Lethbridge’s Children of St. Martha School give out blankets and letters to people in need

Lethbridge’s Children of St. Martha School participated in the Blankets of Hope project again this year.

Given the current cold snap the city is experiencing, students thought it was the best time to distribute warm blankets and letters of encouragement to those who need it most.

On Friday morning, students gathered in their gym for the initiative — their school is one of only three in Canada to take part.

The campaign originated in New York four years ago but the initiative has since spread across North America.

“Giving the blankets is an amazing process for sure,” said Laurier McIntosh, a kindergarten teacher at the school. “We give back to the community, but there’s this process of coming together as a school community as well, and really practising the empathy and kindness.

“Those aren’t just skills we’re born with, we have to practise them in order to give them away.”

Students spent the morning writing letters of encouragement that they would later attach to 288 blankets.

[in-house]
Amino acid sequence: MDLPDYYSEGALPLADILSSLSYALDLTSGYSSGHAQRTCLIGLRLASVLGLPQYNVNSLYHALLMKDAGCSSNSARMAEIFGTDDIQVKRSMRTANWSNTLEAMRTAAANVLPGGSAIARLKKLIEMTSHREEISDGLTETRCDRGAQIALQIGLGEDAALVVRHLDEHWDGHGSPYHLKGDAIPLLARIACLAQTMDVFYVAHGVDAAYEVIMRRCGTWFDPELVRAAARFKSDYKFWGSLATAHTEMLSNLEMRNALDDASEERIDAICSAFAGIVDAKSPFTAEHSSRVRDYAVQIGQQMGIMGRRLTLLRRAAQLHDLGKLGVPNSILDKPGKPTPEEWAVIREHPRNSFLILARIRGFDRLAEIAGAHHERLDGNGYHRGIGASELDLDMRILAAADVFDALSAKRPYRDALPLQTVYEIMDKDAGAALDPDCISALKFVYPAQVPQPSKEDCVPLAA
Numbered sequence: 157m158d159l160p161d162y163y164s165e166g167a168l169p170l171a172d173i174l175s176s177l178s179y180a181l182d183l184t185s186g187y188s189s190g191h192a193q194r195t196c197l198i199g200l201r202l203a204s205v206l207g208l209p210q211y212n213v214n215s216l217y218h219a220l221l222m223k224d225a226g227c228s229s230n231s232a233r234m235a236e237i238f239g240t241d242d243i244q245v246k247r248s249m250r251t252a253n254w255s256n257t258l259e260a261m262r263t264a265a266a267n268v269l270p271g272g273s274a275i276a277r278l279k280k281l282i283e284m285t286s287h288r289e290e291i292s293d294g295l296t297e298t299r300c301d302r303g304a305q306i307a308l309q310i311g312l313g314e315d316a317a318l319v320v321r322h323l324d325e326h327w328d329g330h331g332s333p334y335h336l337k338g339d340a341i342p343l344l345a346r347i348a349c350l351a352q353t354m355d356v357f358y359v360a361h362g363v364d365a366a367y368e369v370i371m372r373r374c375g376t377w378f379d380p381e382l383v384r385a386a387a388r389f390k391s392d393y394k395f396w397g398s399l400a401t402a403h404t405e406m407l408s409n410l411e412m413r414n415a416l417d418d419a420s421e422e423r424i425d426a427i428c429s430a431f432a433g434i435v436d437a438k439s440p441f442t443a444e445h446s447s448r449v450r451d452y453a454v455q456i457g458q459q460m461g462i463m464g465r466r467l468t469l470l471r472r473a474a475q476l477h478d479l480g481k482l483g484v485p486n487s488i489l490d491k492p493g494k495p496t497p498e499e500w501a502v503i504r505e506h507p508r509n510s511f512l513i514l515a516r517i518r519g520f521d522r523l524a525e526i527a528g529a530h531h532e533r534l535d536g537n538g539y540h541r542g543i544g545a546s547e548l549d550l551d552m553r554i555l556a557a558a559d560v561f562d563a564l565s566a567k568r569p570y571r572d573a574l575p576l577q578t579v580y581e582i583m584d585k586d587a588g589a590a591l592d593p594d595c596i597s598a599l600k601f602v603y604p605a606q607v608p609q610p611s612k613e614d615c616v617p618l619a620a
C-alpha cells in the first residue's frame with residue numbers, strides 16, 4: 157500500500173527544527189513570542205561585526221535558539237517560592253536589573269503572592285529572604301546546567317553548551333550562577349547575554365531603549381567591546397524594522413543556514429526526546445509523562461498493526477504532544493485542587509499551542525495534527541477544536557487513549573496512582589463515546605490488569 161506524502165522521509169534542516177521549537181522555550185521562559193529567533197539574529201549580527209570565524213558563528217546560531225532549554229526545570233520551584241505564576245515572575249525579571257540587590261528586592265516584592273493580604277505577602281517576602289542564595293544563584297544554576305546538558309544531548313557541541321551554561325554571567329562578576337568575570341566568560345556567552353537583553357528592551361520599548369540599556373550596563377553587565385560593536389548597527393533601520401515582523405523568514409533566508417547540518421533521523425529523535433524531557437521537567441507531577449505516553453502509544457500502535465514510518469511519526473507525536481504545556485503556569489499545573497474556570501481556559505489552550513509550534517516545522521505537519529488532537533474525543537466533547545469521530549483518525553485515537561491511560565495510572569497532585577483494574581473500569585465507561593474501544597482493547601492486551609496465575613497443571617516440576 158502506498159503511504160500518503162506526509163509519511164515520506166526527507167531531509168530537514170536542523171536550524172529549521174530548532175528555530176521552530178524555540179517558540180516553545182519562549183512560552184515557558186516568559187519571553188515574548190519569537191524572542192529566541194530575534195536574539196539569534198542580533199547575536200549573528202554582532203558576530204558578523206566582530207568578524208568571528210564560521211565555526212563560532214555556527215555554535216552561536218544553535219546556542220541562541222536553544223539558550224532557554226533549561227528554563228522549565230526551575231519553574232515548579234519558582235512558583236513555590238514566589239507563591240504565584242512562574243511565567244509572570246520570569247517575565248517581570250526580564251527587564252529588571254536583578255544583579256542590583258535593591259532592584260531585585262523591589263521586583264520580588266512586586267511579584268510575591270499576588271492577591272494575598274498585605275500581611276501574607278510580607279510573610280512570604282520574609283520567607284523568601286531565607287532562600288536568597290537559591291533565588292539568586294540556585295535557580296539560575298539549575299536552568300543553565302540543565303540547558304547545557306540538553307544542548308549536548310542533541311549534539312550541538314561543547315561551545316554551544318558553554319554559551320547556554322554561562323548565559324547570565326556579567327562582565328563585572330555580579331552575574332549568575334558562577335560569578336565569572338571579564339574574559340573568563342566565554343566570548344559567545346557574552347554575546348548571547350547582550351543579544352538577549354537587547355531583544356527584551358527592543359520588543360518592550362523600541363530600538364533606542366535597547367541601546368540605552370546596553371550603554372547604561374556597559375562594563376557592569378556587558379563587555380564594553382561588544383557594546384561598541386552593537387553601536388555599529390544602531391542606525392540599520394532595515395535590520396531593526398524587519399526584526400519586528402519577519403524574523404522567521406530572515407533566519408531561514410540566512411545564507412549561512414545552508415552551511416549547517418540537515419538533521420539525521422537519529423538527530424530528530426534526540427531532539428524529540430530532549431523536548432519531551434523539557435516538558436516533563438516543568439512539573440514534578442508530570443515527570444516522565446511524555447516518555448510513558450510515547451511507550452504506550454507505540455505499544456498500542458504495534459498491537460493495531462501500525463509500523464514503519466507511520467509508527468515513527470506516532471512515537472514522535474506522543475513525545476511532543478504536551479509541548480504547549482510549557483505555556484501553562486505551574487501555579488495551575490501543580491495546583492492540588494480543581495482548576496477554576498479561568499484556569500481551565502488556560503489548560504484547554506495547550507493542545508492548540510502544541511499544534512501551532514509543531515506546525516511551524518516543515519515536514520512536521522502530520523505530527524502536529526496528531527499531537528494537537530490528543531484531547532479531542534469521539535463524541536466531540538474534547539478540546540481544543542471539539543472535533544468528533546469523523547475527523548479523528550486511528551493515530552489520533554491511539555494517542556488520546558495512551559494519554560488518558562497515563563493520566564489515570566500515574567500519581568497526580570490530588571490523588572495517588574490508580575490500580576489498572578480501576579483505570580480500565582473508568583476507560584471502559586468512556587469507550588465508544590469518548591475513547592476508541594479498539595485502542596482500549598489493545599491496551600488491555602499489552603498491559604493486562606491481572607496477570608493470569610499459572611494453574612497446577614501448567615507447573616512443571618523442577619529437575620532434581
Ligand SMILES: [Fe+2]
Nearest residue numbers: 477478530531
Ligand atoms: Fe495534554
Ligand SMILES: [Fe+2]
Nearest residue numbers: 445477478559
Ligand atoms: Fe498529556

Half the blankets were given to the Streets Alive Mission while the other half will be distributed at a later date to those who could use the extra warmth.

“A lot of the people we deal with don’t have hope in their lives, so receiving a little note saying you matter, you’re loved… it makes a huge difference in their day,” said Trevor Graham, a representative from Streets Alive Mission.

“They don’t get that on a regular basis from people.”

Before the letter writing began, students watched a video about the founders of Blankets of Hope and got a chance to Skype with them.

Some students said the interaction will have a lasting impact.

“I would say my favourite part about today was watching that video and my heart, it just boosted with joy,” said Abel Horton, a student at the school, “joyful of what they’ve done for a lot of people.”

One of the letters was written by Raeana Snell.

“Dear loved one, just because I can’t see you, that doesn’t mean you’re not loved,” the letter read. “You are you and that’s all that matters. You are amazing you are the change in the world because you are probably freezing. Here is a blanket and I am praying for you.”

“I would like to do this all year around and if they don’t to do it at my next school I go to, I will be very upset and I will gladly just come back to this school and do it,” Snell said.

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